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The worst of the coronavirus, or at least its first wave, appears to over in New Jersey. But the psychological impacts, both for essential workers and the public at large, will reverberate.

An Assembly committee heard nearly three hours of testimony Thursday about the mental health concerns connected with COVID-19. Dr. Ramon Solhkhah of Hackensack Meridian School of Medicine and Jersey Shore University Medical Center said health-care providers are preparing for a “surge after the surge” that won’t peak for weeks or months.

“Long-term, there’s usually a higher rate of psychiatric casualties due to suicides, substance-use disorders, domestic violence, etc., than due to the medical causes in these casualty events,” Solhkhah said.

"The bottom line is people are stressed out due to lack of control, concerns over personal and family safety, cabin fever and the uncertain economy," he said. "This will have an impact on people's behavioral health and emotional well-being for the foreseeable future."

For frontline workers, Solhkhah likened the impact to what first responders saw after 9/11 in terms of PTSD.

Frank Ghinassi, president and chief executive officer of Rutgers University Behavioral Health Care, said the signs of the mental health toll are beginning to be measured.

“Research is emerging and has found that a considerable proportion, perhaps as much as 35%, of frontline healthcare workers are reporting symptoms consistent with diagnosable anxiety and depression,” Ghinassi said.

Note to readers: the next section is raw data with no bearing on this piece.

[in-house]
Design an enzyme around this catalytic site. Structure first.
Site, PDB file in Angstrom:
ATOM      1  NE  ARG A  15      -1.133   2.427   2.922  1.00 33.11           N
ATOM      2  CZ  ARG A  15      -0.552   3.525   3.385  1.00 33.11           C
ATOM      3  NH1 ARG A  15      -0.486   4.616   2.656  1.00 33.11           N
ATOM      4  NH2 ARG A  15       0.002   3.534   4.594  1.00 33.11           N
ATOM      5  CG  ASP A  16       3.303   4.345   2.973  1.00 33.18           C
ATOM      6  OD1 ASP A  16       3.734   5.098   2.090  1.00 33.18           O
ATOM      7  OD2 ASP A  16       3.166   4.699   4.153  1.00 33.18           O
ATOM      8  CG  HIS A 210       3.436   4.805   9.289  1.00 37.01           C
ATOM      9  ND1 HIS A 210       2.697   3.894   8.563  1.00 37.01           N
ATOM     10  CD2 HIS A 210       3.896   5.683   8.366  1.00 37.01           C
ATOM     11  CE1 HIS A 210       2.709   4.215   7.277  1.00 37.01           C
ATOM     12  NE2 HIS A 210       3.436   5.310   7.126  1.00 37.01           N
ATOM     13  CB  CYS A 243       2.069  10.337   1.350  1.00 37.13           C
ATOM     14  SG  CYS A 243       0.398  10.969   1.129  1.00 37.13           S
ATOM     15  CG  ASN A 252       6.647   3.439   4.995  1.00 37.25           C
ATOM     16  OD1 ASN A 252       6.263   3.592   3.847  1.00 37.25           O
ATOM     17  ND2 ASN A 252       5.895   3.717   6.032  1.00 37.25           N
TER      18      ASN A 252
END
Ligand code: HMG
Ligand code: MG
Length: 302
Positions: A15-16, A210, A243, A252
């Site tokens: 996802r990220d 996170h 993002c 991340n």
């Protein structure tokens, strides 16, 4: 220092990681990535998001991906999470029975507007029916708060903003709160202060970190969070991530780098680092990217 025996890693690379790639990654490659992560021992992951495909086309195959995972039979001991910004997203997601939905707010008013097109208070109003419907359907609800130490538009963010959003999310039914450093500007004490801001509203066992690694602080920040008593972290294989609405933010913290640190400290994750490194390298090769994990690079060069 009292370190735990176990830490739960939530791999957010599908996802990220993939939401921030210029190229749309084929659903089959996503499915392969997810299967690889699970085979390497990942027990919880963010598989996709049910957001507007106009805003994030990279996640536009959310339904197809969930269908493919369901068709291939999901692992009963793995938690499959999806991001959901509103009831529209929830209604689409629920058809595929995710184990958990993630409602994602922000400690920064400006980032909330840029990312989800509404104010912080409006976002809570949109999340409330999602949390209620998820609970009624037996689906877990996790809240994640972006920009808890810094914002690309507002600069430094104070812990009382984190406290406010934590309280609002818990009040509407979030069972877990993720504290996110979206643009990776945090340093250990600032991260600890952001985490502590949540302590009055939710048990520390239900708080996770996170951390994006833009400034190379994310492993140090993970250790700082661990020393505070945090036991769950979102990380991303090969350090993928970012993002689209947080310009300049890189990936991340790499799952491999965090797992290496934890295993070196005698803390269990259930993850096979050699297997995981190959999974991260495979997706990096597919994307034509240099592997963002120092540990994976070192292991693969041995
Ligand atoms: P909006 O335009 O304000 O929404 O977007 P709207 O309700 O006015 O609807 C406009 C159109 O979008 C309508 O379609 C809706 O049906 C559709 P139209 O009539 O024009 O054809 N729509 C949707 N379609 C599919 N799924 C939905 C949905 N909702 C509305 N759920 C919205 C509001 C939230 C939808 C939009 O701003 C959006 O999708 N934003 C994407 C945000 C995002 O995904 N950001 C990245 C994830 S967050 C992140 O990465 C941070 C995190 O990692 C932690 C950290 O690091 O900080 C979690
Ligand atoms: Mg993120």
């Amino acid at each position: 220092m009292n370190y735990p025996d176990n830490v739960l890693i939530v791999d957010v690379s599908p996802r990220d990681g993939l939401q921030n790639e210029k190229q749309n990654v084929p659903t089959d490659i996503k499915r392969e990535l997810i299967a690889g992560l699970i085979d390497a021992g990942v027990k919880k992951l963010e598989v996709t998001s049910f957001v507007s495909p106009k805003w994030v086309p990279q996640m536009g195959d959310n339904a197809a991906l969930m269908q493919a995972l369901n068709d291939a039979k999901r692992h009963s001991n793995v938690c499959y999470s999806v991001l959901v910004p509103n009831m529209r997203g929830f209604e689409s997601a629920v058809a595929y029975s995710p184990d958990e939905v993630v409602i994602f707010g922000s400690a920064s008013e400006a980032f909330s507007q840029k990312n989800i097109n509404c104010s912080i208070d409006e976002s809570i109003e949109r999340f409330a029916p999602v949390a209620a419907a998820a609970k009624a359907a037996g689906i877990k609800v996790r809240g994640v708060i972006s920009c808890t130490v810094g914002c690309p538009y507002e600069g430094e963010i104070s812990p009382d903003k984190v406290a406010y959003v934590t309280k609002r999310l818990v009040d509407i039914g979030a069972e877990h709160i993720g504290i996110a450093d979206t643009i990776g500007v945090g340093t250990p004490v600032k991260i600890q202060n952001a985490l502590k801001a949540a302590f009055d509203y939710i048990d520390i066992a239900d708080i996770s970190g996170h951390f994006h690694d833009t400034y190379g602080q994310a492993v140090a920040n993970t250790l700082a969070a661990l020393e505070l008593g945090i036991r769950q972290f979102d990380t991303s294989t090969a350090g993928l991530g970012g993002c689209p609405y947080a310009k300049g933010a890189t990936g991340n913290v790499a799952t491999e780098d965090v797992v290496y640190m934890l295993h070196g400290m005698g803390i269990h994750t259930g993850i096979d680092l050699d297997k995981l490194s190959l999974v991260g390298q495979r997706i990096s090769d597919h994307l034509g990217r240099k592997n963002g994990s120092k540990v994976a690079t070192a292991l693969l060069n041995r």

Barbara Rosen, a registered nurse and vice president of Health Professionals and Allied Employees, said a lack of pre-pandemic planning has thrust healthcare workers into a nightmare they could not escape -- unbearable workloads, a lack of protective equipment, seeing dead patients placed in garbage bags when body bags run out.

“We cannot call them heroes, only to treat them as disposable as the paper masks on their face,” Rosen said.

Stress about isolation, health and the economy will have a lasting effect long beyond the peak of the coronavirus pandemic far beyond healthcare workers. Opioid overdose deaths are up 20% in the first five months of this year, up or break-even in every county except Essex.

Eileen Palazza of Toms River and the New Jersey Organizing Project, whose son Ryan died of an overdose in 2018, said the opioid crisis is “invisible and forgotten.”

“This overdose crisis has seen no reduction, no flattening of the curve, no lessening in the number of deaths,” Palazza said.

Psychiatric nurse practitioner Dr. Laura Leahy said the state’s requirement that naloxone be prescribed along with opioids isn’t working because insurance companies are requiring a prior authorization and not covering its $100 to $125 cost.

“We have a continued epidemic within the pandemic here related to substance use disorders in our state,” Leahy said.

A number of people urged the committee to make permanent the expanded use of telehealth that has enabled people to keep appointments virtually while observing the now-lifted stay-at-home order.

Assemblyman Herb Conaway, D-Burlington, said it’s clear mental health issues and needs are not going away.

“Indeed, in all likelihood those needs will increase,” Conaway said. “And unfortunately, they’re happening at a time when we are likely to be under tremendous fiscal strain here in the state.”

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